A meadow with a large tree and temple
The house owners, the Sawant family, were kind enough to let us have a room to set up our sleeping bags. I wouldn’t have wanted to camp outdoors is such harsh weather. Dinner was a communal affair with our hosts graciously preparing a meal while the masterchefs among our bunch tried to whip up their own a lip smacking addition.
The Need to Know Bit:
Castle Rock station comes under the South Western Railways network. Train is the best way to get here. There is a road to the town but I’m not aware of any public transport that plys here by road.
An ideal night halt on this route is either Kuveshi or Ghansoli. The direct trail to either of these villages goes through Ghotga and a few scattered houses and fields. The area also has other tiny villages; all connected through a network of confusing trails and jeep tracks. A guide is not essential but make sure you take detailed directions from the locals before setting off. Keep an eye out for painted arrow marks along the foot trails to Ghansoli and Kuveshi.
After a decent night’s sleep the Sunday began on a slightly sour note. Our brave leader Sudheer had a bit of a medical worry to deal with. This meant we would have to leave late and hence move at a fast pace again. It was 8am by the time we set off from the house, which I’m told was in Saunsarwadi. I have no idea where the rest of the wadi is, all I saw was a single house.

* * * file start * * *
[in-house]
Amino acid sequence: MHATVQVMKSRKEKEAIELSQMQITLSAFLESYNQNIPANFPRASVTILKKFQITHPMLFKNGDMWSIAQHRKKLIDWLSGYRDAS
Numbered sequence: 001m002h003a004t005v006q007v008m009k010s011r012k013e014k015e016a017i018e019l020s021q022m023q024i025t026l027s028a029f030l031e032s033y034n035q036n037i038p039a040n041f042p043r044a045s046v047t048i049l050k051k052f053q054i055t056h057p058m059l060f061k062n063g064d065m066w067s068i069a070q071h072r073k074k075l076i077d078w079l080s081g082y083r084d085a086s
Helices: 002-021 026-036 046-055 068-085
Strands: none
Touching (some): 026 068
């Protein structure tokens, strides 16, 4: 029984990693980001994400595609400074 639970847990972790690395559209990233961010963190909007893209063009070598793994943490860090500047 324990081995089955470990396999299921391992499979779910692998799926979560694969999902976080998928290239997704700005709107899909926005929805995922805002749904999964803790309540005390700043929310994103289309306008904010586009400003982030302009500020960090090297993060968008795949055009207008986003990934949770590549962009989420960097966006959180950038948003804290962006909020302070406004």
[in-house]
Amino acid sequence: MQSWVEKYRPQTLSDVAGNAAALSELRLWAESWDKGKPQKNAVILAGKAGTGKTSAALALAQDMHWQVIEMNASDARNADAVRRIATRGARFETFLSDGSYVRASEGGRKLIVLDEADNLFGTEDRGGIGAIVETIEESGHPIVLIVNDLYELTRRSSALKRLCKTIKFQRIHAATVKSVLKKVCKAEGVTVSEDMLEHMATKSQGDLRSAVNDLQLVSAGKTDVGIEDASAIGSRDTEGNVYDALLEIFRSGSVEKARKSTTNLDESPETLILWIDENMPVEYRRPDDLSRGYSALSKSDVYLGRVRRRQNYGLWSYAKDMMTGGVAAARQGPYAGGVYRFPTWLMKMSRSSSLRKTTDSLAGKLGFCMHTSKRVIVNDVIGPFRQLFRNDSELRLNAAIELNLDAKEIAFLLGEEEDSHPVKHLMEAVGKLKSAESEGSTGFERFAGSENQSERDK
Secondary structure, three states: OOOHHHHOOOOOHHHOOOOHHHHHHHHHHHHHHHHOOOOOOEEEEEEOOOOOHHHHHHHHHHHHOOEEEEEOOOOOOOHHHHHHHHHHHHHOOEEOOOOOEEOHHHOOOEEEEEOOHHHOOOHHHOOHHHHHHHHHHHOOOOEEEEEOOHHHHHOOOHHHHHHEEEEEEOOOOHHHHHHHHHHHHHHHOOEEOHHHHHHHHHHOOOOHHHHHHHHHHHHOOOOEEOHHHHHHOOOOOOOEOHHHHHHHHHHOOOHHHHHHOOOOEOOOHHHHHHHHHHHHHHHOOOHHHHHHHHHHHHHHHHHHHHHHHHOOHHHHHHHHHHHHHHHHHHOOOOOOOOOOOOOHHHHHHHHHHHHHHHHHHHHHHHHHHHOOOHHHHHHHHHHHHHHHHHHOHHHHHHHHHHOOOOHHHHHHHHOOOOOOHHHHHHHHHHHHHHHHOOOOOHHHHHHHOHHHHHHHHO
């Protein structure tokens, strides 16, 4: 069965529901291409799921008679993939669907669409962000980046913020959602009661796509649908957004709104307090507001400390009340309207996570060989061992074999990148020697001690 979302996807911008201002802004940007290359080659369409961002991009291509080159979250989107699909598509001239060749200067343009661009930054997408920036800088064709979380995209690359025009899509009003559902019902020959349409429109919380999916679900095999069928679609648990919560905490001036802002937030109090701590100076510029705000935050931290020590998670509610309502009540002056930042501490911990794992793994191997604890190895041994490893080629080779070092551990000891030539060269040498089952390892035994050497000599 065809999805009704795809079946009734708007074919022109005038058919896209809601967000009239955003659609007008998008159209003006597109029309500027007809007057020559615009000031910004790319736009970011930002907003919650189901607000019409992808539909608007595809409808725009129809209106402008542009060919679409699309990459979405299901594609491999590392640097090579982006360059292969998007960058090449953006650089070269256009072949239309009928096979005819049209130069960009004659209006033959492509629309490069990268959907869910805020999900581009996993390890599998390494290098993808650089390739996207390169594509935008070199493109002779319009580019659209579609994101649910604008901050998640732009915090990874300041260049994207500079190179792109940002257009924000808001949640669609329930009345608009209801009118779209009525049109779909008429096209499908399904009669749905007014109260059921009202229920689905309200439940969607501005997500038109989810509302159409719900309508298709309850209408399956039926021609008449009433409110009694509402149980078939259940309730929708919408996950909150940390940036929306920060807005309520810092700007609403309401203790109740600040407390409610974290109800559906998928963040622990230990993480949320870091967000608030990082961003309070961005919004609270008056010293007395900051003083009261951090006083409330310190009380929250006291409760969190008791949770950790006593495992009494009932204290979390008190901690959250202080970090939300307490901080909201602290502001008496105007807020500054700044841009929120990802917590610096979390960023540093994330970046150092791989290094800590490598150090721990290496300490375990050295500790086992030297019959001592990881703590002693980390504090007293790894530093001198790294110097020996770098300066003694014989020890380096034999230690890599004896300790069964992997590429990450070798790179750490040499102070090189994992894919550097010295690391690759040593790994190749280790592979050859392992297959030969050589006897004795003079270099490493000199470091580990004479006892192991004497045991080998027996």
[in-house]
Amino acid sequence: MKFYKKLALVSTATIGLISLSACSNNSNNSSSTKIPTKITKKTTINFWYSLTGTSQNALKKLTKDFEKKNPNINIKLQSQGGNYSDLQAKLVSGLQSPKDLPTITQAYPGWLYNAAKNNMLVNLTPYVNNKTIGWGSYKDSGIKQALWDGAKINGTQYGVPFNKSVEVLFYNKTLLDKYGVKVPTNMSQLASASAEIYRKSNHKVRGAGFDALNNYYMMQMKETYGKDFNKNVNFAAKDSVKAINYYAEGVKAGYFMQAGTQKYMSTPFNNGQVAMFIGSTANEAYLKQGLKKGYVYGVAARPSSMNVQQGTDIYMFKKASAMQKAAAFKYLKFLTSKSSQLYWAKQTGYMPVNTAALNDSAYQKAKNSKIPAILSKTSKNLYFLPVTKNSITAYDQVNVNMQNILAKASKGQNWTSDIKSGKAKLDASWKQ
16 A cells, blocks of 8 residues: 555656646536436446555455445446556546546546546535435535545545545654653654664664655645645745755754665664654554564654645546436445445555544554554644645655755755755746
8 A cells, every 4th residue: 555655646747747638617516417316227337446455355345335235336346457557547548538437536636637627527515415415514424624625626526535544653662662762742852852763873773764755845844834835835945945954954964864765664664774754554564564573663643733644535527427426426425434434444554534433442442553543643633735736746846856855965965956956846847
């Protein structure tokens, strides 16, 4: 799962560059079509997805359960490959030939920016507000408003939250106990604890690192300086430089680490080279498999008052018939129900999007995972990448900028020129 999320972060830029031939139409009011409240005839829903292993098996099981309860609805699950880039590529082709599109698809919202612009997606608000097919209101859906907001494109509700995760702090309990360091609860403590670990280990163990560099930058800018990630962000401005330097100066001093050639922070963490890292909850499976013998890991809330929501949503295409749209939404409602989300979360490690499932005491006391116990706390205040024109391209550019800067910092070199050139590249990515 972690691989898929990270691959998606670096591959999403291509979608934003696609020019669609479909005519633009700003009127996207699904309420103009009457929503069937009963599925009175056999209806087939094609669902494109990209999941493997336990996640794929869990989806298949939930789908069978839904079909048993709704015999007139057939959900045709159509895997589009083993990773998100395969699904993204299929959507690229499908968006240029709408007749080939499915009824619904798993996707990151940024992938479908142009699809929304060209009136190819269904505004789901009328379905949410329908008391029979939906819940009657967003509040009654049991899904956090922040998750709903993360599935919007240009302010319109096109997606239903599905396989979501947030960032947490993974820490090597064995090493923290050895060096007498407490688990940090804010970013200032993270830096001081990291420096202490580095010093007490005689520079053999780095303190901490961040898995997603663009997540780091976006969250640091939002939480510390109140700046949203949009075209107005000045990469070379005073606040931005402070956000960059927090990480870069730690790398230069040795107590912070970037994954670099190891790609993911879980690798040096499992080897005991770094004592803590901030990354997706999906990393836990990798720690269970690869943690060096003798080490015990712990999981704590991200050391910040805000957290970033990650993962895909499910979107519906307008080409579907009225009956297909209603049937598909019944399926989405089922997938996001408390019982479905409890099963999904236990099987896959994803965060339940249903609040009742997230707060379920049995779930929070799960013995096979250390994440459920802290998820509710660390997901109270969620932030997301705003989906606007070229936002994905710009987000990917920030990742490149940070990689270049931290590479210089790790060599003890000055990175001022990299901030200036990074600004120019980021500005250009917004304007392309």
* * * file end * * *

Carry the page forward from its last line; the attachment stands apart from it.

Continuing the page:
A view of the Sawant’s front yard.
The trail begins with a gradual climb through thick jungle and then opens up to a grassy plateau region. It was here where we were to meet a guide arranged for us by Mr. Sawant from Saunsar wadi. The man, Seetharam Naik, had been patiently waiting for us for more than an hour in the meadow under pouring rain.
This meadow appeared to be the highest point in the area. There were markings indicating the border between the states of Karnataka and Goa. A small part of the trail is along narrow no-man’s-land between the states lined with bright pink flowers on both sides.
Here, the trail began meandering downward again and the rain eased up for a while. We again entered the lush green forest. The plants and creatures of these forests are a combination of those found north in Maharashtra such as the short grasses and wild turmeric and further south through Karnataka like the pink impatiens and giant millipedes.
A glimpse of the forest.
In the forest the trail reached a 2 way fork. We take the one on the right but quickly descend to a smaller, almost invisible trail to our left. We were told that this trail is the shortest way to Ghansoli. Soon we crossed another flowing stream and got to a wider trail. We spotted and crossed a single paddy field in the west which I could assume was a part of Ghansoli. The trail then took us along the banks of a raging Mandovi river which would drop down Doodhsagar falls.